Humans are strange beings. They say one thing and do the other.
Well in most cases, our subconscious mind makes decisions far before we are even consciously aware of the situation. On all the other occasions you are just too confused! 🙂
This brings us to the question – what is the subconscious?
Sigmund Freud, the famed yet sometimes questionable neurologist stated that a human brain is like an iceberg, split into 3 distinct sections – Conscious, PreConscious and Subconscious.
The top visible tip of the iceberg is our conscious mind. Decisions that our conscious mind takes are a result of logic or willpower. For example, thinking explicitly about what to cook for dinner or solving a math problem.
Beyond the tip, just within reach of the surface is our preconscious mind. This section is made up of the information that you already know and can access anytime, like your father’s birthday.
The biggest part of the iceberg that goes deep down into the water is our subconscious. Survival instincts and emotions drive this area. And this, in turn, affects our conscious behaviour.
Here’s a relatable scenario to make things clearer. Someone is on a diet and swears off junk food. But when they stand in line at the grocery shop, they look down and find their favourite bag of chips staring back. And suddenly, all that will power is gone and contradictory behaviour is triggered.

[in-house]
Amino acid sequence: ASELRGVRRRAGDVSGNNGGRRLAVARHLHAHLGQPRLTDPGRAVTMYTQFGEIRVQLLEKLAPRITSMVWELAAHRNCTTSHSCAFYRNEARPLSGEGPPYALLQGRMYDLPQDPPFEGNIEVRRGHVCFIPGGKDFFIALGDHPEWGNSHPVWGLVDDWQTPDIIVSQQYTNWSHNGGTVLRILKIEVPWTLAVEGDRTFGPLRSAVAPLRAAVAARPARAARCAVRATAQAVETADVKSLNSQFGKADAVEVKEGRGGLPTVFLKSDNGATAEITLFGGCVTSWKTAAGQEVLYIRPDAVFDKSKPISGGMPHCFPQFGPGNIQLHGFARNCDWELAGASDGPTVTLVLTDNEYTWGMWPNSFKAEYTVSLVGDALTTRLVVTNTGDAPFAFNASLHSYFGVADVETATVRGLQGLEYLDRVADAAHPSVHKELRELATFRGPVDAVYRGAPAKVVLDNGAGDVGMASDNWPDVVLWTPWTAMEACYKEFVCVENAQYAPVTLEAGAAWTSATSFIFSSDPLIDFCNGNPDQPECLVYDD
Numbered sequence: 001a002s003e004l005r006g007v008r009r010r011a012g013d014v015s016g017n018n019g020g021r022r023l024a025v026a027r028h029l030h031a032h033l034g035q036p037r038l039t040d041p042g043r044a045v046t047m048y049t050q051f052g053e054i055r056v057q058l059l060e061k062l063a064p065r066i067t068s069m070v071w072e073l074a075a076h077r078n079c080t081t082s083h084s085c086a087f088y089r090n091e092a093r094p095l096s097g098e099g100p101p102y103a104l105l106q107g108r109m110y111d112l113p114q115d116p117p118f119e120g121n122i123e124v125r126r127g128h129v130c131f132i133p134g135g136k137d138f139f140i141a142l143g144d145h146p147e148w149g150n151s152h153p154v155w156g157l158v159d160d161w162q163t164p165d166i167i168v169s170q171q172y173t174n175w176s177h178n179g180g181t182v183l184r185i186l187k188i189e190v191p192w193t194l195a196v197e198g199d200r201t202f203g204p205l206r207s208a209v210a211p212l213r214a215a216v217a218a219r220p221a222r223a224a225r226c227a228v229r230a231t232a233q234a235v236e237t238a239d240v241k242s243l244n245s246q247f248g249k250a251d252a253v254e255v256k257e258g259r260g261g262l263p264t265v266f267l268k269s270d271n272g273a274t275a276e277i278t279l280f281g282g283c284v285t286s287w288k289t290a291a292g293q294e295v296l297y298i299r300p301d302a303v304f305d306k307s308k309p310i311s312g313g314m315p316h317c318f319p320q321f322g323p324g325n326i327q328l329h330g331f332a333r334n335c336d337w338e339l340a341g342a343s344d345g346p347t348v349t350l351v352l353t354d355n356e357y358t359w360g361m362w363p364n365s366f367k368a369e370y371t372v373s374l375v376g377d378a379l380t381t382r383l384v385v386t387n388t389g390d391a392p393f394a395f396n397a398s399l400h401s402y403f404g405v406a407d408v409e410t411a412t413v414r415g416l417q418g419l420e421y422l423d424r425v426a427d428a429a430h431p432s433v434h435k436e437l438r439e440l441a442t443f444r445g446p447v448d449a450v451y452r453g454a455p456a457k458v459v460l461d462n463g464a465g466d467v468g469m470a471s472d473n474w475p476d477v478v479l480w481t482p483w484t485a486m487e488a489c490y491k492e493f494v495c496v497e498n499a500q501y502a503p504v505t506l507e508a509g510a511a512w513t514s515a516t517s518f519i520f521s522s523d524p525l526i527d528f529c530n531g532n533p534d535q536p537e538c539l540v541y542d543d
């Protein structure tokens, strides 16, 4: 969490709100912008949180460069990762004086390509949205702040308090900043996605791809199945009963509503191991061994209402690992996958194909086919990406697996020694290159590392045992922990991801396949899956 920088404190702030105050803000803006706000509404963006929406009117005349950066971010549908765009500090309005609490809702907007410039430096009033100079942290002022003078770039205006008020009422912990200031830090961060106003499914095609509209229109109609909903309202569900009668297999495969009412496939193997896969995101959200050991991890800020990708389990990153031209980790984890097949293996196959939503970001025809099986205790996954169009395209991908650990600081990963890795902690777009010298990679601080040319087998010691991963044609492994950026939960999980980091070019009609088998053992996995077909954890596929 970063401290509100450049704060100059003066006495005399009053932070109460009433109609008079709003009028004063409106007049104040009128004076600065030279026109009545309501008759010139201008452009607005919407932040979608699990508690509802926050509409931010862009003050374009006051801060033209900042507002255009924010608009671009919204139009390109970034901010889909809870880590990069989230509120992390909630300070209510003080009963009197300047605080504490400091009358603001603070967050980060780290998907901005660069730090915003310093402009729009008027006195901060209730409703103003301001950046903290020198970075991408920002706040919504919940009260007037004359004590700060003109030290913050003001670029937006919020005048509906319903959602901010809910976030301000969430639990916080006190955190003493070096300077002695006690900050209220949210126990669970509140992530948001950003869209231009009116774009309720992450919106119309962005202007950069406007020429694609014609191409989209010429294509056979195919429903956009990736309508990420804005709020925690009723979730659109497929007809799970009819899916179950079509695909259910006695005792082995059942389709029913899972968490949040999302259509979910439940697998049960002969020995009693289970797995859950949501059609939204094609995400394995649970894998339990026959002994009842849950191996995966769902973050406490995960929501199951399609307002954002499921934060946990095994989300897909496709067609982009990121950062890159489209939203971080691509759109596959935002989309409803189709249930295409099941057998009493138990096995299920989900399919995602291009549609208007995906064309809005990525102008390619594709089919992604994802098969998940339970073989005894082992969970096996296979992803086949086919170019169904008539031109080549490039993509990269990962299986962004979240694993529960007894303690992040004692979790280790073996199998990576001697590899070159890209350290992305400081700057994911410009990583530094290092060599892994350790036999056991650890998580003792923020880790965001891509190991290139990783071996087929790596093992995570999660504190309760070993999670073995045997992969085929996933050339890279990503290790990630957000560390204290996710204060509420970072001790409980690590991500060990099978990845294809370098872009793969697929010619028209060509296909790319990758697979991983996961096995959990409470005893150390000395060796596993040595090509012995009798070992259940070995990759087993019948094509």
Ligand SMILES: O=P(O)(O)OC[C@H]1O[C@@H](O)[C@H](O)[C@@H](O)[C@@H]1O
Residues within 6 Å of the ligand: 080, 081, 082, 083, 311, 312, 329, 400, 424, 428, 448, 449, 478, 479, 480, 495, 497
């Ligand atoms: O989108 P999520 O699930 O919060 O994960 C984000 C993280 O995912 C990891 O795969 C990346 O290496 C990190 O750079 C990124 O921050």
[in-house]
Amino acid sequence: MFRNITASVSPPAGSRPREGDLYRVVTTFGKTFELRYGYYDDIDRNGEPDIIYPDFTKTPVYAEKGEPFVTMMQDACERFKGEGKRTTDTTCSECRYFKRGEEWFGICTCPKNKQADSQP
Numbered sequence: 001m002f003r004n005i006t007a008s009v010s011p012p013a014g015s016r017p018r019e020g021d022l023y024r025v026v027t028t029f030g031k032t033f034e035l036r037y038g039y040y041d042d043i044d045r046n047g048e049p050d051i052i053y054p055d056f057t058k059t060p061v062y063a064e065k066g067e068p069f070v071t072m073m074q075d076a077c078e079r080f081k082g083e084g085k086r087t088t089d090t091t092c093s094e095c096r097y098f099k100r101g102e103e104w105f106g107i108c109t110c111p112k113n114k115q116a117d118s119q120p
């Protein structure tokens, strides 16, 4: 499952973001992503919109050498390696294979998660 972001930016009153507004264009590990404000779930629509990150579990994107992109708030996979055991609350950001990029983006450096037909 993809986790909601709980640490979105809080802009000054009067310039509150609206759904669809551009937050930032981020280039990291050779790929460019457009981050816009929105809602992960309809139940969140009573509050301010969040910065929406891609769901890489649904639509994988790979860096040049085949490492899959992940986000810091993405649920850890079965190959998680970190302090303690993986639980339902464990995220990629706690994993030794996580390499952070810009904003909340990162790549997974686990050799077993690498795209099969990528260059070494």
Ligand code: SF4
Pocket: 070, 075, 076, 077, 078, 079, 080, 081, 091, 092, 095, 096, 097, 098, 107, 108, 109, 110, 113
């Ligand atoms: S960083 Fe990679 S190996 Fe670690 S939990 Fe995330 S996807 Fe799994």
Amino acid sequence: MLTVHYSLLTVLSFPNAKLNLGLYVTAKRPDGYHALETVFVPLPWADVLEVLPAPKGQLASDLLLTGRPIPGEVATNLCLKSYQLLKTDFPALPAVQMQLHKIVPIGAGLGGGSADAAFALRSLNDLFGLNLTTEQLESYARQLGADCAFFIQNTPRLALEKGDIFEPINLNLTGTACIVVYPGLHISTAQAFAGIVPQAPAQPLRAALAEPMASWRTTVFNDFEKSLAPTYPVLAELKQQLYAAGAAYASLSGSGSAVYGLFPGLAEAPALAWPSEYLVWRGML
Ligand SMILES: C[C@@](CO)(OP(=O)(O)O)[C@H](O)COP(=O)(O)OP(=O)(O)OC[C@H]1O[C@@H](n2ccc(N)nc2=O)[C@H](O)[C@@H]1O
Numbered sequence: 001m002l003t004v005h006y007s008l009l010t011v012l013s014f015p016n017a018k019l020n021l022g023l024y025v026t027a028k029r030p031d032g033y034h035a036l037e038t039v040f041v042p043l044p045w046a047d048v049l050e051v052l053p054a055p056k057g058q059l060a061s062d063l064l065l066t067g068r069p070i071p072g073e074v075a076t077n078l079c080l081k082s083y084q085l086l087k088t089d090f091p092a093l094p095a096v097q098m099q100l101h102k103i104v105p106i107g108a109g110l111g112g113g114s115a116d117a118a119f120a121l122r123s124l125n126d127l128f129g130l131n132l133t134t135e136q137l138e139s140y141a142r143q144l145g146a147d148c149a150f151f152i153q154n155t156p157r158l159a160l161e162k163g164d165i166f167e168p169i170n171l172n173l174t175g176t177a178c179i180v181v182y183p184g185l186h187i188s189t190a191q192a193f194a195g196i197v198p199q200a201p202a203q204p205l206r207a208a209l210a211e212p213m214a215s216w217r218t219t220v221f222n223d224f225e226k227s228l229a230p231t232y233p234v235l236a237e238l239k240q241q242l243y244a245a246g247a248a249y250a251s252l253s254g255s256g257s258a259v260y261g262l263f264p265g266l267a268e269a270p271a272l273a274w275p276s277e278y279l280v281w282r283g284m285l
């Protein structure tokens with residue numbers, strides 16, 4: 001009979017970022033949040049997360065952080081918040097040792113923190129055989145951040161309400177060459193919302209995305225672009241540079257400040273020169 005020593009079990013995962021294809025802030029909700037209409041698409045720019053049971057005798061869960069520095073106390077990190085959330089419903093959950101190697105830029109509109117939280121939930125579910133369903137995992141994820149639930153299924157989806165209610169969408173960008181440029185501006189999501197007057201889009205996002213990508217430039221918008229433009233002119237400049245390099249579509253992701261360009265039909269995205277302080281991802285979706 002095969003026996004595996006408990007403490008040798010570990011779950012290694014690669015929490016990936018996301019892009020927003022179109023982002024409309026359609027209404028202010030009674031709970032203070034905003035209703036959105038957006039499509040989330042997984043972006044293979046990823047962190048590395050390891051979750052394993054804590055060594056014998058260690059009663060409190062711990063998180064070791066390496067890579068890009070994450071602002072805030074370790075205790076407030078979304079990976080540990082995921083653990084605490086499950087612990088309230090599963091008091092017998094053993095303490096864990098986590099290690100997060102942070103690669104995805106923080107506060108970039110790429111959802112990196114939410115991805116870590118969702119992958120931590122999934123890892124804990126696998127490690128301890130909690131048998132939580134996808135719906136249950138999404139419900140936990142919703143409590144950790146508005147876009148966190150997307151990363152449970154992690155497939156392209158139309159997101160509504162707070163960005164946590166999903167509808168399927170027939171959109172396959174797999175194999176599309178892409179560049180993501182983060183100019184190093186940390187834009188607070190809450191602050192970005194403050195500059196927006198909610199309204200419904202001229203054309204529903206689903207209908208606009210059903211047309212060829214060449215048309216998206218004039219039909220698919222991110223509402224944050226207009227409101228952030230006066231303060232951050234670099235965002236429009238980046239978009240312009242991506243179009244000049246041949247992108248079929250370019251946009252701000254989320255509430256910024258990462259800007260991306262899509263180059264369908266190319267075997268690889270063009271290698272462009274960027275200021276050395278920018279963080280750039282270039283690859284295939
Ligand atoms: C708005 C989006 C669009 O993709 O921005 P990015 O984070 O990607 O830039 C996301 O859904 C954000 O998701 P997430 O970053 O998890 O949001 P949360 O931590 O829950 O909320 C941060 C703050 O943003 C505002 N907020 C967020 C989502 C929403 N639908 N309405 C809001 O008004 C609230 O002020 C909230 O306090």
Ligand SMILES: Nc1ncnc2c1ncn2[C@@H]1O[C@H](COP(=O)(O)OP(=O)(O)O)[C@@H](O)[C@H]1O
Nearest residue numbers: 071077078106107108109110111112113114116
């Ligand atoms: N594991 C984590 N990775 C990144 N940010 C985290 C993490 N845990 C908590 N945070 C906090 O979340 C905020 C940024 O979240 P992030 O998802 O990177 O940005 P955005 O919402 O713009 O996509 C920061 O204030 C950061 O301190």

This someone may have been introduced to the different aspects of the chip brand’s marketing throughout the day. The mind picked up these cues and prompted a behaviour without the conscious even realising what is happening.
These automatic responses guide us during times of trouble. When there are so many choices and anxiety kicks in, visual cues trigger our subconscious mind to help make decision-making easier.
This happens to the best of us.
The Subconscious drives Emotions. The Emotions drive our Behaviour.
What makes the case for designing marketing efforts to trigger the subconscious mind even more strong is the impact it has on our emotions. Research shows that when our subconscious mind identifies a way to fulfil any goal, it produces a positive emotion. This triggers a decision/behaviour to reach that goal fulfilment.
The same happens when it identifies something that prevents goal fulfilment. Negative emotion is triggered, and a decision to avoid that behaviour is taken.
No matter how much we try to rationalise or give logic to our decisions, most of it happens through emotions. They are the ones that really drive our purchasing behaviours. We often justify what we buy by saying it was the “cheapest”, or it had the “best features” out of the options available.
But honestly, that’s all crap!
This idea is of great importance and understanding it has significantly defined the way we market, sell, and brand.
By only marketing the qualities of your product, you are likely to generate lacklustre results. This is the result of you completely missing the human, the subconscious element in the decision-making.
Like the old maxim goes – Sell the Sizzle, not the Steak!
So if you want someone to remember your brand, make them feel good about it. The key to success is to highlight the emotional response your consumer will achieve after using your product.
Examples of emotion-trigger marketing campaigns are everywhere. Think for a moment, what does your favourite brand sell? Is it the product or the life you will have after owning it?
Luxury brands trigger our feelings of acceptance, self-worth and high status in the world.